While expensive caviar is nothing surprising, a father and son team have taken the luxury delicacy to the absolute extreme — combining the eggs from the extremely rare albino sturgeon with a healthy sprinkling of 22-carat gold flakes. The end result, titled "Strottarga Bianco," is what's being deemed the "world's most expensive" food, with a kilo expected to retail for more than $305,000 (or nearly $1,100 a teaspoon). 

"The golden yellow white spreadable powder that we create can quickly be made into a paste, risotto or put on toasted bread with butter. It only needs very small quantities for the flavour to be spread to a meal," Patrick Gruell, 25, told Yahoo News. "It is certainly not a product for everyone, but there is definitely a market for extremely exclusive products especially when they are something new."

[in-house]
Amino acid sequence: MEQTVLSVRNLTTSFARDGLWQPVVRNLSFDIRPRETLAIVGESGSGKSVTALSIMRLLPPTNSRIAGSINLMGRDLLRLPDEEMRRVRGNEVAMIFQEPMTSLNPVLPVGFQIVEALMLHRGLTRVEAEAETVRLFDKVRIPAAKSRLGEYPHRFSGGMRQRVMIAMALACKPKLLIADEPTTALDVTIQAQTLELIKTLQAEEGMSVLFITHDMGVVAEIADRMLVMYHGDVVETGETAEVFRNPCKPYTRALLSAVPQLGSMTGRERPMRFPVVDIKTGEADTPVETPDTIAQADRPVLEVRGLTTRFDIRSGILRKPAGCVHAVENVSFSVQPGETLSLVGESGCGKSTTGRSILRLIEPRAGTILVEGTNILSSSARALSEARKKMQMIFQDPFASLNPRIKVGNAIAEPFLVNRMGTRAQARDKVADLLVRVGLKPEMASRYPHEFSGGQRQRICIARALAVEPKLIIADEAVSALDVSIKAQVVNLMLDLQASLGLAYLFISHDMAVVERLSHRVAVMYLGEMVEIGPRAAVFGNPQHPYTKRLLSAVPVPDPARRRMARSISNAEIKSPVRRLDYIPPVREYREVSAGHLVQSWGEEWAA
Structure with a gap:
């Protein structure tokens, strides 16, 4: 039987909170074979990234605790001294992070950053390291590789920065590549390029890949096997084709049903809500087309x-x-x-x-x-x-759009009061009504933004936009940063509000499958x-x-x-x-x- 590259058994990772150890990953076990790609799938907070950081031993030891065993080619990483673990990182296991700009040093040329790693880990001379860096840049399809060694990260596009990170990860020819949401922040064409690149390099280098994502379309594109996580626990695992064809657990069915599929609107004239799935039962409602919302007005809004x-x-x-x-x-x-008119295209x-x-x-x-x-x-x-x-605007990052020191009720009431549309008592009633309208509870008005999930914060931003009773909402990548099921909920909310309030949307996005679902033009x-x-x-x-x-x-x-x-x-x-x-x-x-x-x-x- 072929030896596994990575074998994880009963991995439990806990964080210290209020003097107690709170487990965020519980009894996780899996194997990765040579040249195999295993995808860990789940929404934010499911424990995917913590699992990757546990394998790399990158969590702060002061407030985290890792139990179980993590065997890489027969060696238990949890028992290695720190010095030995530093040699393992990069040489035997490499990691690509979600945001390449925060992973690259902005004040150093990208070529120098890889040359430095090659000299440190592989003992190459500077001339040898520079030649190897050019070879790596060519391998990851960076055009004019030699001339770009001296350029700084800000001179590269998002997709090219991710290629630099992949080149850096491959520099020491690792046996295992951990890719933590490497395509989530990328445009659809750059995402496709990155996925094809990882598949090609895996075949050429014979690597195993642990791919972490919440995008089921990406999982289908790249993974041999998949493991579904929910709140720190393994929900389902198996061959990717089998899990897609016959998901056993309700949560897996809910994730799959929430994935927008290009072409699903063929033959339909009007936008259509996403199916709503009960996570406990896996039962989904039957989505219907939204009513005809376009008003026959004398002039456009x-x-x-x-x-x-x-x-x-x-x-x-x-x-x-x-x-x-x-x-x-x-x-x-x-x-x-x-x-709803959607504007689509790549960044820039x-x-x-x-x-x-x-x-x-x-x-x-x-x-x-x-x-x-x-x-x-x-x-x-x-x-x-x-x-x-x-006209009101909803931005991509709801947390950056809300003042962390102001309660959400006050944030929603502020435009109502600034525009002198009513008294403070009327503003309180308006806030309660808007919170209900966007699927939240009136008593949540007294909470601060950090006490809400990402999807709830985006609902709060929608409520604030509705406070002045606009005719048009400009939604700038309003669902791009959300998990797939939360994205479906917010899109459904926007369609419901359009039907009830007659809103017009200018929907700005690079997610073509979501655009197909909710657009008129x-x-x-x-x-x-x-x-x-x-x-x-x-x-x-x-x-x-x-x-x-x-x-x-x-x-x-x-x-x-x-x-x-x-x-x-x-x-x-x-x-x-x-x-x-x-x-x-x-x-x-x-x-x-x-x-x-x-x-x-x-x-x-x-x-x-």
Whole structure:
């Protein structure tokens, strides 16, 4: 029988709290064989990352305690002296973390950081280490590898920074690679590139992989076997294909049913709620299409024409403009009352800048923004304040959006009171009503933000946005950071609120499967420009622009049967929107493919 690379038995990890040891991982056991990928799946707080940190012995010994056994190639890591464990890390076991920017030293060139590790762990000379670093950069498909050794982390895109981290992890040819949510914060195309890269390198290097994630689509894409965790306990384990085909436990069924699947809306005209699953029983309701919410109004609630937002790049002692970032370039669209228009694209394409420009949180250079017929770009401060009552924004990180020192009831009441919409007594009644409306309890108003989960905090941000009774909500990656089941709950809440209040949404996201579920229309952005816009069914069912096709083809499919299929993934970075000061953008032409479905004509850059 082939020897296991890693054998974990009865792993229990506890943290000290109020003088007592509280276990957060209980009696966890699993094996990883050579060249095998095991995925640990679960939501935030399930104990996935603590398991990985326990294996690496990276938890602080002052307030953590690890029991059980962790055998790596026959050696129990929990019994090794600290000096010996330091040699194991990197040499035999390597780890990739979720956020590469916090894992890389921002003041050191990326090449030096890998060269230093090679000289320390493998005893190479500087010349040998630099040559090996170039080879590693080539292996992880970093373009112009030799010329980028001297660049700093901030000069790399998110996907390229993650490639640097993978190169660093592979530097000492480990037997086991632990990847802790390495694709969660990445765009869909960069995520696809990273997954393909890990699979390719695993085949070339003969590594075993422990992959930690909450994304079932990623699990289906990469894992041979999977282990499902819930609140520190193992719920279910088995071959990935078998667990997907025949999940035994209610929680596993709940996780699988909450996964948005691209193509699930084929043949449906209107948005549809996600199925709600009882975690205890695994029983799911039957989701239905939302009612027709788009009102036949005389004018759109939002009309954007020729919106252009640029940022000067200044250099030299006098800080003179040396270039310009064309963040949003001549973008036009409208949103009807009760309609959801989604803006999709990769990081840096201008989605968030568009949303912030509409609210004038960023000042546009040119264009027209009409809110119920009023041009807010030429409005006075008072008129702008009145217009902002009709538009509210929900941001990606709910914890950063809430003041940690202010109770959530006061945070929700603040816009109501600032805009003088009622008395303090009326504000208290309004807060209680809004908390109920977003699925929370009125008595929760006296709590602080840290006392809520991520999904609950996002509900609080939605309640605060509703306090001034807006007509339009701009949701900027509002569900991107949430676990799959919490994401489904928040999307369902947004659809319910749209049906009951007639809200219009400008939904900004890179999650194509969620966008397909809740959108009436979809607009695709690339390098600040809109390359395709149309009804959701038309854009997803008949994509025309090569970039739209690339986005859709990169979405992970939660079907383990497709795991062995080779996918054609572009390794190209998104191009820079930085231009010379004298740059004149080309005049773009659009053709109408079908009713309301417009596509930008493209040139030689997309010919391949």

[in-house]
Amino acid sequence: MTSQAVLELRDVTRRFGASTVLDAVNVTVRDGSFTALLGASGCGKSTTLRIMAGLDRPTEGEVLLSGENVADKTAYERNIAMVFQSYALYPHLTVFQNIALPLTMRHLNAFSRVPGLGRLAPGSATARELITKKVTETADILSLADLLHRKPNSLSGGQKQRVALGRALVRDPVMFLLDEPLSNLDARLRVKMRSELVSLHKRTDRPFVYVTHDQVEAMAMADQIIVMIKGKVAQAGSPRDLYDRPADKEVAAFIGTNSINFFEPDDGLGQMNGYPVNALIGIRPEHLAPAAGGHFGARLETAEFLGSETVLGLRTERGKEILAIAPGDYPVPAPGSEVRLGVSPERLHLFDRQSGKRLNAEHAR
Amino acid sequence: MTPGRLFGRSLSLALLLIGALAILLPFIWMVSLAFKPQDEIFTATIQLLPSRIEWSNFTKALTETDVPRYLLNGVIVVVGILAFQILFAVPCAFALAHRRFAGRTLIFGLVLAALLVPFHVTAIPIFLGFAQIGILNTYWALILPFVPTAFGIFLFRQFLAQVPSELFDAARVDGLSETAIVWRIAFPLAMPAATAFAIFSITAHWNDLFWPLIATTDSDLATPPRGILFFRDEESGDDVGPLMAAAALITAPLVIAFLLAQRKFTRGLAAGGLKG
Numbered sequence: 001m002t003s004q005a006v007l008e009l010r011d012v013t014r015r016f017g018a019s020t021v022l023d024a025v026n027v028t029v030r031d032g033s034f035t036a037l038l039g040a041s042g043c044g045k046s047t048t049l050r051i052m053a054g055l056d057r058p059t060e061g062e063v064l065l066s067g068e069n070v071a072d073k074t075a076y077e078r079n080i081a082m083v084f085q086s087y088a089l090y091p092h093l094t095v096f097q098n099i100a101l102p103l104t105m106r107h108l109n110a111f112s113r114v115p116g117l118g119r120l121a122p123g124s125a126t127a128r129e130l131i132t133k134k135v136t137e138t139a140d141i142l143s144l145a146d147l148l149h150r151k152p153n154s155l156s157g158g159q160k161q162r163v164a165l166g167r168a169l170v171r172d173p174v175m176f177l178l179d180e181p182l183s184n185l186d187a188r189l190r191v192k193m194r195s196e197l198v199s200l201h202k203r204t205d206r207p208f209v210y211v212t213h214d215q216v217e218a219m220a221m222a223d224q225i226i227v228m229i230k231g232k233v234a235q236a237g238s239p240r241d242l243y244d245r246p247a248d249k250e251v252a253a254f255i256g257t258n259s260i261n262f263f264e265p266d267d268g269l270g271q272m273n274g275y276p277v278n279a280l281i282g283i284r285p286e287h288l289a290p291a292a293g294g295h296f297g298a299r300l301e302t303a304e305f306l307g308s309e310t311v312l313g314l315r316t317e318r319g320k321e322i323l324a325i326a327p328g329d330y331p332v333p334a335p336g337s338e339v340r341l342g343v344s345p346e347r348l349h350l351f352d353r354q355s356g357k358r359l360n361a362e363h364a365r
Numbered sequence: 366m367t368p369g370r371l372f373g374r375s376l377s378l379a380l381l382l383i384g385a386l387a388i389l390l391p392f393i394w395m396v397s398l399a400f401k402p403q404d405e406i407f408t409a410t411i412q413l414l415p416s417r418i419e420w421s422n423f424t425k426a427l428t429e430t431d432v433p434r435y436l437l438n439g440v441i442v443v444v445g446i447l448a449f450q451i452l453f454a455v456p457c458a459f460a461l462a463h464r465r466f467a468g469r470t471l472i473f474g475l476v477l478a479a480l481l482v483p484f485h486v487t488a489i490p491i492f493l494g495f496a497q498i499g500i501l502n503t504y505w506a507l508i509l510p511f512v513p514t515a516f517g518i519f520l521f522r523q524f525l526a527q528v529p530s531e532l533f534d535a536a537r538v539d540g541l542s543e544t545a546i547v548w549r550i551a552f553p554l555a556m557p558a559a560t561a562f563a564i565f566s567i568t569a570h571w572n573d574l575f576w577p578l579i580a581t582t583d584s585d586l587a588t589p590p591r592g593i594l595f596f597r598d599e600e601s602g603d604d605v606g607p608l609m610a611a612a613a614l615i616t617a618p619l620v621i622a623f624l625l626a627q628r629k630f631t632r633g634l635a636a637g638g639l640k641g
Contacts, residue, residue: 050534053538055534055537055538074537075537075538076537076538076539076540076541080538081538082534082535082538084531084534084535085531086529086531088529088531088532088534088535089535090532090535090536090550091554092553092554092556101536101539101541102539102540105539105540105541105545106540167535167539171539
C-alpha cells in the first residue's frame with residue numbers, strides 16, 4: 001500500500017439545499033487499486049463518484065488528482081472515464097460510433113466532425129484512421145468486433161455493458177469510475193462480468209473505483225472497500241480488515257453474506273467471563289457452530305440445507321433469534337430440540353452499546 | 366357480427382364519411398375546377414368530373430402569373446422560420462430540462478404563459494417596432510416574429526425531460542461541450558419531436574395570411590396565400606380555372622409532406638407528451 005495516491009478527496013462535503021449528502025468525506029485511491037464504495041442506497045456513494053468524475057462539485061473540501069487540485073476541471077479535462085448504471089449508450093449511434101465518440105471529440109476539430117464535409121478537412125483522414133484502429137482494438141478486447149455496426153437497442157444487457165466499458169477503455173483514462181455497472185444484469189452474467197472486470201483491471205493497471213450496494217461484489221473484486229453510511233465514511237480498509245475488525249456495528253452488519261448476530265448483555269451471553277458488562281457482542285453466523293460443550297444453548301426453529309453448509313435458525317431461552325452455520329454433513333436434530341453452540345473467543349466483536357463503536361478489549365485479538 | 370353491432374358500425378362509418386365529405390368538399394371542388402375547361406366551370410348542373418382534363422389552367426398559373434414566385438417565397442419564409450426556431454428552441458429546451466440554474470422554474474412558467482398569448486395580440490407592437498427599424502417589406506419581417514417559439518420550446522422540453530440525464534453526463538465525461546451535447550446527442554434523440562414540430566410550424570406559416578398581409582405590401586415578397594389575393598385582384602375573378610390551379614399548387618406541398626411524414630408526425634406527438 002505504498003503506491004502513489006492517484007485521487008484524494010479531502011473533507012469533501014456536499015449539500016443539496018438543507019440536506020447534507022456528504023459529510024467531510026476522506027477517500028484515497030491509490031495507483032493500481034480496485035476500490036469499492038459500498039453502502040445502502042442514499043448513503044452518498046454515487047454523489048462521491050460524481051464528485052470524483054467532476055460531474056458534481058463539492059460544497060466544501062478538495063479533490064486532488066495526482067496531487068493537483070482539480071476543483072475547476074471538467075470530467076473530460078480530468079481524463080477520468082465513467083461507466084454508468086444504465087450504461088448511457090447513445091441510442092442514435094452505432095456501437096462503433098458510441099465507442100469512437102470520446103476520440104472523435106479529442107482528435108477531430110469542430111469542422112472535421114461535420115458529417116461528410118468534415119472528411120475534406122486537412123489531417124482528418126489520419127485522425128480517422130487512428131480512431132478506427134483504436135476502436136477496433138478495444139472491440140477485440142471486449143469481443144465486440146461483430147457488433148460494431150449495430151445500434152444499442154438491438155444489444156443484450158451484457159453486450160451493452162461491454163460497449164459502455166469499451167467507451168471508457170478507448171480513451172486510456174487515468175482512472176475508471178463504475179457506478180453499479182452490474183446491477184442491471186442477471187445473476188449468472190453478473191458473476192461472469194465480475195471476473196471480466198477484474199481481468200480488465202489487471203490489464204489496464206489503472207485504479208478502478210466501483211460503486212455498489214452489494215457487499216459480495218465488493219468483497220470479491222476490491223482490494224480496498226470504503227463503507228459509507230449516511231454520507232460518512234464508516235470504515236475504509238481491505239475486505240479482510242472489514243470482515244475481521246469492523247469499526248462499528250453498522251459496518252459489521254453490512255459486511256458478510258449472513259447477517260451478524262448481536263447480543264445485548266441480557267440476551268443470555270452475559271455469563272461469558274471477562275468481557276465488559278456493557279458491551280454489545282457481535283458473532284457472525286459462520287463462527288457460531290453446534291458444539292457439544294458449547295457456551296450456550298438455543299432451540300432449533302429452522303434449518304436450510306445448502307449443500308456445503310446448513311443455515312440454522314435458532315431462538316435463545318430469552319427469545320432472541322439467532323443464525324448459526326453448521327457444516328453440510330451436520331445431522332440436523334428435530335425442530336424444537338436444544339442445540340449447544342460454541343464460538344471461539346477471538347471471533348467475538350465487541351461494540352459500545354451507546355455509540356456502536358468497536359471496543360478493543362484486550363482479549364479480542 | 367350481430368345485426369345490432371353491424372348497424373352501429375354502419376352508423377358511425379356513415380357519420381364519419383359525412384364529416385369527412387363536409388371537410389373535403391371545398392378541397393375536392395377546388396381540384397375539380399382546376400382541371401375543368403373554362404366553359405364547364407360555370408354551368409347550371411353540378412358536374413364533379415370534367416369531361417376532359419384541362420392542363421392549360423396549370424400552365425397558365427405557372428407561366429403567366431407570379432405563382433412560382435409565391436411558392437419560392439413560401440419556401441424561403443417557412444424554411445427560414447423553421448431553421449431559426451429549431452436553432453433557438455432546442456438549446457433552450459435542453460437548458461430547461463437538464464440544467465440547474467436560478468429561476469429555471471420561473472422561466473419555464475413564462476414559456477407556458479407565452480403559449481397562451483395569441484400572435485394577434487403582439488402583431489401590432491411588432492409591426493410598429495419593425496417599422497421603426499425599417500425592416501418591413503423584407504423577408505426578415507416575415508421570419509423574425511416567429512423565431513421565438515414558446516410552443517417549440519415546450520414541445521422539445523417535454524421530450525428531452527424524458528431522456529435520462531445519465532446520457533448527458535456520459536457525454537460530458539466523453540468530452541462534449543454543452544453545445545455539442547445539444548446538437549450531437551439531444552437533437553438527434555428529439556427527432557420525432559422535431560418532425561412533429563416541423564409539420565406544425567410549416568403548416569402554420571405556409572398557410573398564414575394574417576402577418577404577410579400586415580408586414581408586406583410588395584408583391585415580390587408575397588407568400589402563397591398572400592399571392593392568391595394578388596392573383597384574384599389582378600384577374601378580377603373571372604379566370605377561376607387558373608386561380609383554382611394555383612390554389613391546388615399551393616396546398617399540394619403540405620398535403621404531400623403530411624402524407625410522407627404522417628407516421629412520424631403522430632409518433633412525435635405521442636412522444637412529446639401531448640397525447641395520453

While adding gold flakes to any food would increase it's price, it's the scarcity of the albino sturgeon that's really driving the inflated value of the caviar. The species, found in the southern Caspian Sea in Iran, is critically endangered from overfishing and poaching. Because of its slow reproduction (it takes 19-22 years for a female sturgeon to reach reproductive maturity), scientists estimate that it will be more than 100 years before populations fully recover. 

For both your wallet and the conservation of a species on the brink, we recommend skipping the Strottarga Bianco. For those who still have the itch to spend, may we suggest a much more earth- and animal-friendly bar of the world's most expensive chocolate

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